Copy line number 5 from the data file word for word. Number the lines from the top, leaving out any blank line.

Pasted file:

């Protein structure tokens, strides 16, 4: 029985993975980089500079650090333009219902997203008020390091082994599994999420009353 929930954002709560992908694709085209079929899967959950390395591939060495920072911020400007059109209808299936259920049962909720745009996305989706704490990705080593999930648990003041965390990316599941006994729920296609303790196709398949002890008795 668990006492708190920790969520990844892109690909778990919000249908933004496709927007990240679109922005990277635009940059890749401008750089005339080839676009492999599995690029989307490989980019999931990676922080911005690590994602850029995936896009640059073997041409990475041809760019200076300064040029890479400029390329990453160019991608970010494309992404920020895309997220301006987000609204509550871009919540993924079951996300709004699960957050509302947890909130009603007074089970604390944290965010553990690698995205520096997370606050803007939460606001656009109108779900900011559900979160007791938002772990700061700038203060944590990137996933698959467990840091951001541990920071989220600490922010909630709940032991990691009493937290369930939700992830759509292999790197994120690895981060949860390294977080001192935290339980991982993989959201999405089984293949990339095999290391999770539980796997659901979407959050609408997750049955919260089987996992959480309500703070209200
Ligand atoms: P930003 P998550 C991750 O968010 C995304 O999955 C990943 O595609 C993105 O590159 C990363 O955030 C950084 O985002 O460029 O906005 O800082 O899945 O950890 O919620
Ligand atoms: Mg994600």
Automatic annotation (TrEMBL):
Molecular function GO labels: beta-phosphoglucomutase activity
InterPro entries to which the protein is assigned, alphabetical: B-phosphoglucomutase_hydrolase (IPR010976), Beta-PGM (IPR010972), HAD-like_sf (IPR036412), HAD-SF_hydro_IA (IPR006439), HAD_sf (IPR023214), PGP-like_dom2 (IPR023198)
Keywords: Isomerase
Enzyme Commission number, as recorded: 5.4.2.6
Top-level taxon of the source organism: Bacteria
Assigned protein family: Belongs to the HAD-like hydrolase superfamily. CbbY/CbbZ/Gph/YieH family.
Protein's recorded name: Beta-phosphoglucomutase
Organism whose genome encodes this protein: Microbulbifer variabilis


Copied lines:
Molecular function GO labels: beta-phosphoglucomutase activity